When CCD appeared, the USDA's Agricultural Research Service and the National Institute of Food and Agriculture joined forces to study and fight the assailant, but a half-dozen years later they still lack a smoking gun. Recent work reveals higher loads of pathogens in the guts of bees from collapsed colonies versus healthy ones—making viral infections a likely culprit.

But this isn't a case of one cause, one effect. Bee expert Dennis vanEngelsdorp of the University of Maryland likens the situation to HIV/AIDS in humans. "You don't die of AIDS; you die of pneumonia or some other condition that hits when your immunity is down," he says. Today's bee mortalities may be behaving slightly differently. "But we're pretty sure in all these cases, diseases are the tipping point" after bees' immune systems are compromised.

So what makes bees vulnerable to those diseases, what's killing their immunity, continues to be the $15-billion question.

Problems Piling Up

Zac Browning is a fourth-generation beekeeper based in North Dakota. His mostly migratory commercial operation runs about 22,000 hives in three states—meaning he trucks his bees to different locations at different times of year, renting out their pollination services to big farms like those producing almonds in California and canola in Idaho.

CCD devastated his hives a few years back, but "we've seen losses more recently from everything imaginable," he says. "Pests, parasites, pesticide exposure, starvation, queen failures, you name it."

In addition to these problems piling up, "our inputs have gone up one-and-a-half times in the last decade," he says. "We now have to try to sustain bees [with extra food] when natural food is scarce, dearth periods that didn't exist before."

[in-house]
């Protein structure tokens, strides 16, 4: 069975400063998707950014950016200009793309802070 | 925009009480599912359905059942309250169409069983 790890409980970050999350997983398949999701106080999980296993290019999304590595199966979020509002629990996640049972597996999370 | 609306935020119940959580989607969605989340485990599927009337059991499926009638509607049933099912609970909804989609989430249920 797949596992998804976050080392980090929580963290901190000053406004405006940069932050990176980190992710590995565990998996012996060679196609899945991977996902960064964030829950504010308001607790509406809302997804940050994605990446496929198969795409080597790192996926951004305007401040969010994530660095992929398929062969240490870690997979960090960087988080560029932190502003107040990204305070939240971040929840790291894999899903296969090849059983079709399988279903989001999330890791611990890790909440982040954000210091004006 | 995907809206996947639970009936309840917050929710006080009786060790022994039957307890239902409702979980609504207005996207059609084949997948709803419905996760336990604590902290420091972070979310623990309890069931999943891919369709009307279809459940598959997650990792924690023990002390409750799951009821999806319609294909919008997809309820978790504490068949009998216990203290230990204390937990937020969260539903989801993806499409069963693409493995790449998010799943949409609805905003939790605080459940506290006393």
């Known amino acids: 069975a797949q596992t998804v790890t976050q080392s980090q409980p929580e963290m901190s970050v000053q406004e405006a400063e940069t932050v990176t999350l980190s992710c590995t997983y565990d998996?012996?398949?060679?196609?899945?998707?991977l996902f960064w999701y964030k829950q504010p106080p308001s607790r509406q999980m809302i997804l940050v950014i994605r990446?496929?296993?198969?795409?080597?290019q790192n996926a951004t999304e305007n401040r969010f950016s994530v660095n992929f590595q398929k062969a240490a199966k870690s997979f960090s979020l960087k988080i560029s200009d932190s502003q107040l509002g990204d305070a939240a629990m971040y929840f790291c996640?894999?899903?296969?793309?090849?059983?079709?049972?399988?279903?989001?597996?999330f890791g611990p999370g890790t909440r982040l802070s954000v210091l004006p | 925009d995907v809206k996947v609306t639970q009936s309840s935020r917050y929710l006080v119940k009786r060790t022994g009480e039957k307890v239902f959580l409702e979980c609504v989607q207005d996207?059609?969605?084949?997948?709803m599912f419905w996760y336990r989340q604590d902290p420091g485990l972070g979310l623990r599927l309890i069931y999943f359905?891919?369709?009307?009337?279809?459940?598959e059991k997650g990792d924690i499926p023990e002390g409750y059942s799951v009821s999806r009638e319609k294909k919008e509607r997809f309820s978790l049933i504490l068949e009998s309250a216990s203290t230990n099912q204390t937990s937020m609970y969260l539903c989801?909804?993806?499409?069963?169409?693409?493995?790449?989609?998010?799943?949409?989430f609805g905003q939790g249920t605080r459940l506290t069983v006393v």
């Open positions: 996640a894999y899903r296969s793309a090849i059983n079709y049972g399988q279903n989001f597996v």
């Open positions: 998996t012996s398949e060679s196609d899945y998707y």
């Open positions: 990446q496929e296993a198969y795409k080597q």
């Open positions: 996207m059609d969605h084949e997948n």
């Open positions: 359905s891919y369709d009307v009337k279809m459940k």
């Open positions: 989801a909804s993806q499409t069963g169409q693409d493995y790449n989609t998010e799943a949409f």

Part of the problem is keepers have to boost hive numbers to meet demand, "but the carrying capacity of the environment hasn't changed." In fact, it's gone down. The amount of undeveloped land with good bee forage just isn't enough to sustain the masses, he says.

Meanwhile, studies have shown that colonies with access to the best pollens (with more than 25 percent protein plus essential amino acids), which occur in diverse plant habitats once common across the landscape, are more robust and more resistant to disease than those in pollen-poor environments.

The Threat From Pesticides

Another adversary in the bees' battle, as the EU reminds us, is pesticides. Pesticides themselves aren't necessarily a death sentence for bees—and debate rages over whether, when properly applied, these chemicals can be used safely among pollinators. But exposure to them seems to open the door to other killers.

For example, bees exposed to sublethal doses of neonicotinoids—the type the EU is banning and that are used routinely in the U.S. on wheat, corn, soy, and cotton crops—become more easily infected by the gut parasite Nosema.

Meanwhile, last year a French study indicated that this same class of chemicals can fog honeybee brains and alter behavior. And a British study on bumblebees, a natural pollinator in decline in many places, reported neonicotinoids keep bees from supplying their hives with enough food for queen production.